This Day In History: March 10

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After years of being repeatedly arrested and detained by his country’s British colonial government for his leadership activity in India’s independence movement, activist and spiritual leader Mohandas Karamchand Gandhi is arrested on March 10, 1922 in Bombay on his most serious charge yet: sedition. Gandhi—nicknamed Mahatma, which means “the great-souled one”—is sentenced to six years in prison for protesting the British colonial government.

Gandhi had led a mass campaign of nonviolent protest against the British Raj, a period of direct British rule over the Indian subcontinent that began in 1858. While the British nominally wanted Indians to participate in government, they imposed direct rule, rendering Indian citizens powerlessness to make decisions about their own future without British oversight and consent. Simmering resentment over that power dynamic led to an increasingly passionate independence movement in the early 20th century, of which Gandhi was a dominant figure. He served as an inspirational leader, organizing acts of large-scale civil disobedience, including boycotts of all things British—from imported consumer products to educational institutions to paying taxes.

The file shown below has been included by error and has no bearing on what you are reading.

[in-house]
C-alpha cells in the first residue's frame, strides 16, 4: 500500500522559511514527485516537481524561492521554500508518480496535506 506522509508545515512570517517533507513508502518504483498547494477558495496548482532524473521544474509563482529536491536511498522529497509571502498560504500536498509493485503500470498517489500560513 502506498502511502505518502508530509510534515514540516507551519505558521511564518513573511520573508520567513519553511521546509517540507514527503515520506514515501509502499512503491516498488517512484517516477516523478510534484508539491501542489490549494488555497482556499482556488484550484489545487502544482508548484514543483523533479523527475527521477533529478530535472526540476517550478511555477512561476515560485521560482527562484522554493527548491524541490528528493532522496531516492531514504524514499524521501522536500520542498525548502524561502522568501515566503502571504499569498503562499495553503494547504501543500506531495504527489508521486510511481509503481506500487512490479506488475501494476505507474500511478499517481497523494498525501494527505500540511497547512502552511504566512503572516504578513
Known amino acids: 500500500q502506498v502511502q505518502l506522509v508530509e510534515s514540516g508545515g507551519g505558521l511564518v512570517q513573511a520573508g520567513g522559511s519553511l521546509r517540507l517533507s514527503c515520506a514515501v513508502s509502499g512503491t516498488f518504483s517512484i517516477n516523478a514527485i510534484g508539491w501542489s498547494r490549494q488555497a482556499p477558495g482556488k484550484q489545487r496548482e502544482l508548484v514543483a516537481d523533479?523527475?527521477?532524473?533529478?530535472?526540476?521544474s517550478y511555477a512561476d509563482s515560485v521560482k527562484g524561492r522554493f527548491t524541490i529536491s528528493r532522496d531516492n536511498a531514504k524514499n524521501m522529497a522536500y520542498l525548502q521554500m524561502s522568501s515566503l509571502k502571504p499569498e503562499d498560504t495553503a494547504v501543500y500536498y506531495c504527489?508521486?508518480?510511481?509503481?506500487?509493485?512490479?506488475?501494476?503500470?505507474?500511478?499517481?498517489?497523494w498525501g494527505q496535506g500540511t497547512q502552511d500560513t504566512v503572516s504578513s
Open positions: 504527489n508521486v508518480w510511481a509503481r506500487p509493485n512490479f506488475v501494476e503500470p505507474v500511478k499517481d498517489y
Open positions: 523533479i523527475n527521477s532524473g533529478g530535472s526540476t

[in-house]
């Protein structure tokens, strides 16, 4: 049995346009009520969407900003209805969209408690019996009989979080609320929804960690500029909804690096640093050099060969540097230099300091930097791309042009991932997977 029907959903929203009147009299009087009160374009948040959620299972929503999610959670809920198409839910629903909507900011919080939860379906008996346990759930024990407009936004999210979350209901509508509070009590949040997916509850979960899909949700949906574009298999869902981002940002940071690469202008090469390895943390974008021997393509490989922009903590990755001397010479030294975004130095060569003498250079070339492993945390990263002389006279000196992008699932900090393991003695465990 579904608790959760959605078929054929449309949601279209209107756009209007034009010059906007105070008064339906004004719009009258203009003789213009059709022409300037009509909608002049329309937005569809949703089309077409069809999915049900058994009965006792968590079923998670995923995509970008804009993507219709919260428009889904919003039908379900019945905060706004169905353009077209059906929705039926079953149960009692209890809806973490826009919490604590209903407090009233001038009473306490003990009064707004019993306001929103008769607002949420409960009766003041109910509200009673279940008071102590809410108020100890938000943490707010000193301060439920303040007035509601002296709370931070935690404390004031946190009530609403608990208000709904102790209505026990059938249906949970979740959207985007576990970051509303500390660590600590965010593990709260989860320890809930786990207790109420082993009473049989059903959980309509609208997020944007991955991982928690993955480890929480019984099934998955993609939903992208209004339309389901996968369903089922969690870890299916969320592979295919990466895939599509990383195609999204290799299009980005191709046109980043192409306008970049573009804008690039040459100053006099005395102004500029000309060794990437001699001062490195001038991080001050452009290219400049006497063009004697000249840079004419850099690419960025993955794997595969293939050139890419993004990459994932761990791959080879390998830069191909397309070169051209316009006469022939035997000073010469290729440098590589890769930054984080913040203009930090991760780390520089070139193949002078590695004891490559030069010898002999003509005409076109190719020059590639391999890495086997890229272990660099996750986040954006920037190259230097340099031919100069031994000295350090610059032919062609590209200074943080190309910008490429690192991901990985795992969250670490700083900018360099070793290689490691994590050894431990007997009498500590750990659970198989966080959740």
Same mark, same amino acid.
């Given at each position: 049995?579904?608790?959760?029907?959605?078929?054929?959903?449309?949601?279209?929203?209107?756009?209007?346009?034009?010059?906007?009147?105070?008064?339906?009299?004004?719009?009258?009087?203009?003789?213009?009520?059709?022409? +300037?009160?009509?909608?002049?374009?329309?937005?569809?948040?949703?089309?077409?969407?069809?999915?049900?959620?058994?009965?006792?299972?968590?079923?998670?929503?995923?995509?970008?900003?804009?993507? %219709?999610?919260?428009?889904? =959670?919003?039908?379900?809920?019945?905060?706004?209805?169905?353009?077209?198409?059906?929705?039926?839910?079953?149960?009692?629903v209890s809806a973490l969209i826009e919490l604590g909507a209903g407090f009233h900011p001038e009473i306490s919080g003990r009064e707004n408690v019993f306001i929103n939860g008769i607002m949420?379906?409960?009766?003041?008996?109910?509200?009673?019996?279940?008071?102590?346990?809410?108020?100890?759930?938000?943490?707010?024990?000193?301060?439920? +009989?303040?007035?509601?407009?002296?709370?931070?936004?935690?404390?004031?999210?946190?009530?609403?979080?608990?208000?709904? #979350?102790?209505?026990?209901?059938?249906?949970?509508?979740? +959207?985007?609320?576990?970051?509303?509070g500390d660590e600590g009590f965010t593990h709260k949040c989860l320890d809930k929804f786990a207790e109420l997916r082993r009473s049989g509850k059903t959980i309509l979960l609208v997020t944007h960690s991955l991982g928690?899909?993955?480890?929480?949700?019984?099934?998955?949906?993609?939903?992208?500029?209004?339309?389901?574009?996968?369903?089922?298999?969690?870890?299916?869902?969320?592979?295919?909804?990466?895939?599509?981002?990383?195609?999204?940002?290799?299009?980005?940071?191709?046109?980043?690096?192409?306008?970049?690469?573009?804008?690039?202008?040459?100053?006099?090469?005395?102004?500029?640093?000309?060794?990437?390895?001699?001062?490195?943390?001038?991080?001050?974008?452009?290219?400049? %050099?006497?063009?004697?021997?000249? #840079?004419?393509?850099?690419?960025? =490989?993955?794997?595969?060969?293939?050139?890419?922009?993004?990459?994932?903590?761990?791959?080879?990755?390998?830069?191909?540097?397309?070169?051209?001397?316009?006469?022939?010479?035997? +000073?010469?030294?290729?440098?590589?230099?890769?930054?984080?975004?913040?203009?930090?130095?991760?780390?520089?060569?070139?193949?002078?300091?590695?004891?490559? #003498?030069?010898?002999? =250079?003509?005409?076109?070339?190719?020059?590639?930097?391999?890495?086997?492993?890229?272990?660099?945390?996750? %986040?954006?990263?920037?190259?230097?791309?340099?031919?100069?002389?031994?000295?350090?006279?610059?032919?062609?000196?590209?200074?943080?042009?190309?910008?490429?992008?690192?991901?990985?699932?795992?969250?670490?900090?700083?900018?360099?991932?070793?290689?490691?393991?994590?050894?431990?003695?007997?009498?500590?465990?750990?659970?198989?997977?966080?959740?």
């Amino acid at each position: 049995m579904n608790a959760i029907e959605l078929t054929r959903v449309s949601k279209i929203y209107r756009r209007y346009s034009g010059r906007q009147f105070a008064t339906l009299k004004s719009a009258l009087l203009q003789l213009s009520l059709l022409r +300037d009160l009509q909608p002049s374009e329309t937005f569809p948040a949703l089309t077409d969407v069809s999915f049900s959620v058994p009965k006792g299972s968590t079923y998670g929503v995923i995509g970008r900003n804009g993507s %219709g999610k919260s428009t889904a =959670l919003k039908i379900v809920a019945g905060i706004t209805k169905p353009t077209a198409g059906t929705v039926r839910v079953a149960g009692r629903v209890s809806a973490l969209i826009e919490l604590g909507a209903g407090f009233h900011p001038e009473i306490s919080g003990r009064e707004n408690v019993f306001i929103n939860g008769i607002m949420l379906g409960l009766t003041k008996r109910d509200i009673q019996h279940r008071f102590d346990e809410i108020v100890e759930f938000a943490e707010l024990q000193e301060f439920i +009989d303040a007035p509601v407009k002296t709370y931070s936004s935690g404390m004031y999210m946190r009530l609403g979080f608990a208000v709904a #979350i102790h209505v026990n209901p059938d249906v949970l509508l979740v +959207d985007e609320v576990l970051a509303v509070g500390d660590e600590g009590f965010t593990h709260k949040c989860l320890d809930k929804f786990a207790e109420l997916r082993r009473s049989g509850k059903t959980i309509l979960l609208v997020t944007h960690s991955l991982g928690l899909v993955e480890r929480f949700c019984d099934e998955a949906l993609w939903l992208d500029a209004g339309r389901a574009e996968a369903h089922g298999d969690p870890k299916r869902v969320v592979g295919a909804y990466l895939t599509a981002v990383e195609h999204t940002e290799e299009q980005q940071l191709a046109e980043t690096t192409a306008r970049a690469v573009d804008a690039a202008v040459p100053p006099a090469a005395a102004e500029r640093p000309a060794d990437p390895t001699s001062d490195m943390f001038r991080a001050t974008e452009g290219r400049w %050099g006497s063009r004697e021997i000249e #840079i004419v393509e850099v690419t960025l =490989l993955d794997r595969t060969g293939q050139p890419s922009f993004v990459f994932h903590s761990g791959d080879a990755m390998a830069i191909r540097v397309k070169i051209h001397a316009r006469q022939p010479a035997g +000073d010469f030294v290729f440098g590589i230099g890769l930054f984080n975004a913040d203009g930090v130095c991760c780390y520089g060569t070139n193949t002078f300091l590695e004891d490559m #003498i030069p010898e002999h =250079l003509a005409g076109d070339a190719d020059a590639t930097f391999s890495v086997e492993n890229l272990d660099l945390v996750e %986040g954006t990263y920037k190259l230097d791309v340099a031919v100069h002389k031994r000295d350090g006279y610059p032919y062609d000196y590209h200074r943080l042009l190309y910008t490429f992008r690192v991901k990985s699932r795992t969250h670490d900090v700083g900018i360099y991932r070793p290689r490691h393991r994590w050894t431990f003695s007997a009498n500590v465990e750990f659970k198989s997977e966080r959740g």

Both India and Pakistan shook off the yoke of colonial rule with the 1947 Indian Independence Act. Gandhi lived to see Indian home rule, but he died the next year when he was assassinated in New Delhi by a Hindu extremist on January 30, 1948.

As to the 1922 sedition sentence, thanks to a bout of appendicitis, Gandhi was released from prison for medical reasons after serving two years. For the rest of his life, he continued to promote nonviolent resistance in fighting oppressive colonizers.

Many of Gandhi’s most memorable quotes are often repeated today. Favorites include: “Be the change that you wish to see in the world”; “An eye for an eye only ends up making the whole world blind”; and “The greatness of a nation and its moral progress can be judged by the way its animals are treated.”